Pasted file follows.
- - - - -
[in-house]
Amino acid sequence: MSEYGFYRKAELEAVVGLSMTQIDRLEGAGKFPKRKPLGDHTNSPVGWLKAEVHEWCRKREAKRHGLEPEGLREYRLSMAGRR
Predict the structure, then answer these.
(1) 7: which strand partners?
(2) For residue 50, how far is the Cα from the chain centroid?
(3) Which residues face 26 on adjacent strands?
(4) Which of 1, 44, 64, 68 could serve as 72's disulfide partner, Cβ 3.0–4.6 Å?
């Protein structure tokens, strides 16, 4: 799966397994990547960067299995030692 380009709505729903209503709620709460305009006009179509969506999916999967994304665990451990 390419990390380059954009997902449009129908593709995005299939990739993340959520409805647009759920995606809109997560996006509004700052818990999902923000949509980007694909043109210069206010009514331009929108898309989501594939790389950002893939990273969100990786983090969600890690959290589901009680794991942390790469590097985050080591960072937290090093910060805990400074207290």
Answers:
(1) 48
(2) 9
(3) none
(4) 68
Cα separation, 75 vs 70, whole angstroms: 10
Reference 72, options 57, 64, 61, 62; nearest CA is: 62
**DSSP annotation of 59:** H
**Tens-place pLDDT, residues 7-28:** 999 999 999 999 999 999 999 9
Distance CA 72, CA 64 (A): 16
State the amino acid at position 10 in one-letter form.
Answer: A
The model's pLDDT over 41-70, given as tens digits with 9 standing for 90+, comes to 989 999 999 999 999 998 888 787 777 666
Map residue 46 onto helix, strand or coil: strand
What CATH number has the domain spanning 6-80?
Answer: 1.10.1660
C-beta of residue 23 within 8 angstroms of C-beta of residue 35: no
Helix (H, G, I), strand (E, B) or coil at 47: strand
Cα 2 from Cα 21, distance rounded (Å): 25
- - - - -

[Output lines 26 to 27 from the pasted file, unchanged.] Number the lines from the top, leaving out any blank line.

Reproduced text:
Helix (H, G, I), strand (E, B) or coil at 47: strand
Cα 2 from Cα 21, distance rounded (Å): 25